On an IFRS basis, the company posted EPS of $0.85, compared with EPS of $1.04 in the first quarter of 2012. The company attributes the lower earnings to lower realized gold and copper prices, lower production and higher costs. No surprises there.
The adjustments included a foreign exchange loss of $63 million, another $30 million in one-time expenses and a $17 million unrealized gain on non-hedge derivatives. Barrick no longer hedges any of its production.
Jamie Sokalsky, the company’s CEO, said:
It is very rewarding to see that our cost reduction efforts have begun to take effect and are reflected in low all-in sustaining costs of $919 per ounce and total cash costs of only $561 per ounce this quarter. We have also further reduced total capex, exploration and all-in sustaining cost guidance for the full year.
Barrick reaffirmed its guidance for the full 2013 fiscal year, calling for production in a range of 7.0 million to 7.4 million ounces of gold. The forecast for total cash costs rises from $584 per ounce of gold in 2012 to a range of $610 to $660 per ounce.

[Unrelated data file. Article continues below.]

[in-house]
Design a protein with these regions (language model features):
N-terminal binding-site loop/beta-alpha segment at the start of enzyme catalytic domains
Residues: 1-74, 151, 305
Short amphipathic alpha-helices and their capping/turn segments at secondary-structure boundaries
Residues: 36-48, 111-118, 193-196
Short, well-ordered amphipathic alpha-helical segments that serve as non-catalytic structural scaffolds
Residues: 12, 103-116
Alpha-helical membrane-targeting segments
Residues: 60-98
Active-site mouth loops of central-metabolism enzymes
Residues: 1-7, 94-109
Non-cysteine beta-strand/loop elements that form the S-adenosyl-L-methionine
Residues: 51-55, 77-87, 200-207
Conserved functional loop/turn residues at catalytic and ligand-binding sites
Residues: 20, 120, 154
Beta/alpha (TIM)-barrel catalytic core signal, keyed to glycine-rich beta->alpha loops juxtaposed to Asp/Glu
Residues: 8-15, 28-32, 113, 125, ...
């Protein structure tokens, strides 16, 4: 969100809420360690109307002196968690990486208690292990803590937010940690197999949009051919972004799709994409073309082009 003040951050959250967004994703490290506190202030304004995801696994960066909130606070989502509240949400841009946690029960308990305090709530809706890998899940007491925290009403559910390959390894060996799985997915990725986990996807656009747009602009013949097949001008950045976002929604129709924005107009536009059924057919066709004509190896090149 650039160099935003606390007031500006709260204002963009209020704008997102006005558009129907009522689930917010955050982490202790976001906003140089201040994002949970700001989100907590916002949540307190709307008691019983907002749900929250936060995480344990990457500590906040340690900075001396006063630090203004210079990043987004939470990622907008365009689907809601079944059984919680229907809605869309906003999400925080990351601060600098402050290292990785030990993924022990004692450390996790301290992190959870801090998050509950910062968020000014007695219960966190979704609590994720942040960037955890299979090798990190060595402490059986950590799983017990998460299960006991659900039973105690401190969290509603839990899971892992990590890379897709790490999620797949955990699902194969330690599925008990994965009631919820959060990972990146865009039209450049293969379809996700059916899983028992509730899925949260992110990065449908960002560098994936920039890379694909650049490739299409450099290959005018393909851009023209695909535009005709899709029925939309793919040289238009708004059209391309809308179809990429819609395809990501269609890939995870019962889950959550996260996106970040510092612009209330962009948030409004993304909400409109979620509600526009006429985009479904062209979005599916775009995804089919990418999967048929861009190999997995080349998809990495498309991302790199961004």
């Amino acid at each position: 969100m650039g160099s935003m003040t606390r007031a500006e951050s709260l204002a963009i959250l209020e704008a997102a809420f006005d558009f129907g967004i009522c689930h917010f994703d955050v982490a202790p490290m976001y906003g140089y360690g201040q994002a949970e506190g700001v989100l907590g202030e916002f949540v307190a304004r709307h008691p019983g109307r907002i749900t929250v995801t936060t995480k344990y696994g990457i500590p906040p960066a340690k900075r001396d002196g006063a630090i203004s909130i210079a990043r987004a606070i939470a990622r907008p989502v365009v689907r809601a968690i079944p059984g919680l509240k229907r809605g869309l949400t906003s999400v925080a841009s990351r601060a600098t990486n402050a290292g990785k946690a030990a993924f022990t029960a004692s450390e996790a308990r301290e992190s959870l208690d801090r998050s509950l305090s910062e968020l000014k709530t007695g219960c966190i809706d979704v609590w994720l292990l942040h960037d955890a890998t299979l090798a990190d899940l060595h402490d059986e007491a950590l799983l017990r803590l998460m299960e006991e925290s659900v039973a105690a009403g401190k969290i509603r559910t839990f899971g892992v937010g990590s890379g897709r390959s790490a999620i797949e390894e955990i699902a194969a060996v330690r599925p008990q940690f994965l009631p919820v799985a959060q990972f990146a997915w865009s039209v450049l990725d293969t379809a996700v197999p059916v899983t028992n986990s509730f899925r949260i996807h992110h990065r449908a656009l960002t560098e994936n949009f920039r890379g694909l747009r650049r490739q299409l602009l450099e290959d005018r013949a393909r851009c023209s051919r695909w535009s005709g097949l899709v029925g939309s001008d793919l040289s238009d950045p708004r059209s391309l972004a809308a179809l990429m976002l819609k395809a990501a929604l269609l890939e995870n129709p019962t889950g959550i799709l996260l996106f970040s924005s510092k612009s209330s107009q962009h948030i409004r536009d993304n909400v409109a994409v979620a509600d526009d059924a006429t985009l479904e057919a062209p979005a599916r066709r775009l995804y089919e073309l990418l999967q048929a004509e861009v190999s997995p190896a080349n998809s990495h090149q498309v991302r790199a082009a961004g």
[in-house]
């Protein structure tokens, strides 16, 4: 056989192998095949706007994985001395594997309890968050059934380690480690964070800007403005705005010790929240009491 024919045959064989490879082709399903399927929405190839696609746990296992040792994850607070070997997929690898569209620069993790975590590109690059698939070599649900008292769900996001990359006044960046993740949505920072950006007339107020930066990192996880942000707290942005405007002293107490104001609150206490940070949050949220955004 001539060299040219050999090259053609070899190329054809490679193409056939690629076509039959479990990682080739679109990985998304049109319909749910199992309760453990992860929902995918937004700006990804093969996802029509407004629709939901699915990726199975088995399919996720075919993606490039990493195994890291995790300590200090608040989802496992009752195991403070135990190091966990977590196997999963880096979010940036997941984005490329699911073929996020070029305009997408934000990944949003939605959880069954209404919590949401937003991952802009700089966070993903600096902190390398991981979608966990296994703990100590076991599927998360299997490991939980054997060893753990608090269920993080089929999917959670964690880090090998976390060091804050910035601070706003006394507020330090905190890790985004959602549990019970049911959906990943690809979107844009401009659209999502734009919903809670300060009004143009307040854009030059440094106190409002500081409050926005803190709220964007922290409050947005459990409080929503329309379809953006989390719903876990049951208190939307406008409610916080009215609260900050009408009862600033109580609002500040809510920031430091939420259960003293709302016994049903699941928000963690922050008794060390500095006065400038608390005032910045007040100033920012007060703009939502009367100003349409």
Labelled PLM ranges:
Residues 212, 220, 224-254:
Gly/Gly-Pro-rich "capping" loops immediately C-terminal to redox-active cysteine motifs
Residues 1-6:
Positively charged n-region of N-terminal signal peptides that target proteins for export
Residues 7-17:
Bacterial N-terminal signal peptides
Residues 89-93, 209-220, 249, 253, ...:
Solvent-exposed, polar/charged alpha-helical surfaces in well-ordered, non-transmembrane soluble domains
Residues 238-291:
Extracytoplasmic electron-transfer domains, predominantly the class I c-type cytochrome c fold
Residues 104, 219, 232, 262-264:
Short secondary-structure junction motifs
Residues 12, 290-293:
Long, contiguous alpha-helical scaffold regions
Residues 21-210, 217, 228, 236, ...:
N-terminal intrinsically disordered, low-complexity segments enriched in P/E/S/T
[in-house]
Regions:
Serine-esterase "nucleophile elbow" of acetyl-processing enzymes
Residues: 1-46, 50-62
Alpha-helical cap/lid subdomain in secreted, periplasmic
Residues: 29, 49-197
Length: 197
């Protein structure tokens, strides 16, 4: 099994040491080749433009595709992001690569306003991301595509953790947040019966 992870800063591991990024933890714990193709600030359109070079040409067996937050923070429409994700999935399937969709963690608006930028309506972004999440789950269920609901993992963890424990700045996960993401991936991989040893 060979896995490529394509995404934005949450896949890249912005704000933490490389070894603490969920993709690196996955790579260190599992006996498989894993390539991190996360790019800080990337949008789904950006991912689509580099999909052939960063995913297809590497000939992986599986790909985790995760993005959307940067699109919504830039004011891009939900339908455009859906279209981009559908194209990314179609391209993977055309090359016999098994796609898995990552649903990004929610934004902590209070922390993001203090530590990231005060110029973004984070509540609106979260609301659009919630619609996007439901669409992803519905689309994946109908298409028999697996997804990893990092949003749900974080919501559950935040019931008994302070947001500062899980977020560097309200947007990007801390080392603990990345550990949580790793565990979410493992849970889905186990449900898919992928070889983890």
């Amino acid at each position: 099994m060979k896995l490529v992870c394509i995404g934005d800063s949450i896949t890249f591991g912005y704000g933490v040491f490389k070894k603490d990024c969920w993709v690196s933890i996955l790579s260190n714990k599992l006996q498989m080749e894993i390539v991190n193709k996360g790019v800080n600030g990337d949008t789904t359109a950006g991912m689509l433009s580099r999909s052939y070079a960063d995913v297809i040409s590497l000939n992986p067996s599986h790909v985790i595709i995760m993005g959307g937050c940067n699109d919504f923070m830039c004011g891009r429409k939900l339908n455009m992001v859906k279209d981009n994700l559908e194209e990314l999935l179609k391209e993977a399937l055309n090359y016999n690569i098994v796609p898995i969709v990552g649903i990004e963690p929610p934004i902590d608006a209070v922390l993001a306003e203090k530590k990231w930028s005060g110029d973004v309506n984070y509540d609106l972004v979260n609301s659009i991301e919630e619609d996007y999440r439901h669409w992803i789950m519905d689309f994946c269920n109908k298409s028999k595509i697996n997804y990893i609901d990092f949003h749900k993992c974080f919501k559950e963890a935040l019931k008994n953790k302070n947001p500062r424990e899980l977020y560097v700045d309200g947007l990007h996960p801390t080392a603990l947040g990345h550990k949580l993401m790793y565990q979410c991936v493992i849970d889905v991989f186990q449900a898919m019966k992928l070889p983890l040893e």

Copper production is still expected to total 480 million to 540 million pounds, and the company’s cash costs for copper production are expected to be in the $2.10 to $2.30 per pound range, compared with the 2012 cost of $2.17 per pound.
In the first quarter Barrick produced 1.8 million ounces of gold and 127 million pounds of copper. The average realized gold price was $1,629 an ounce, and the average realized copper price was $3.56 a pound.
In the fourth quarter of 2012, Barrick took a write-down of about $4 billion, most of which was attributed to its copper assets. To try to avoid a repeat, Barrick already has announced a cut to its capex spending and a cut to its all-in sustaining costs. The company also plans to expand gold production in 2014 to 8 million ounces.
Shares of Barrick are up nearly 3% in premarket trading this morning, at $18.10 in a 52-week range of $17.51 to $43.30. Thomson Reuters had a consensus analyst price target of around $41.70 before today’s report.
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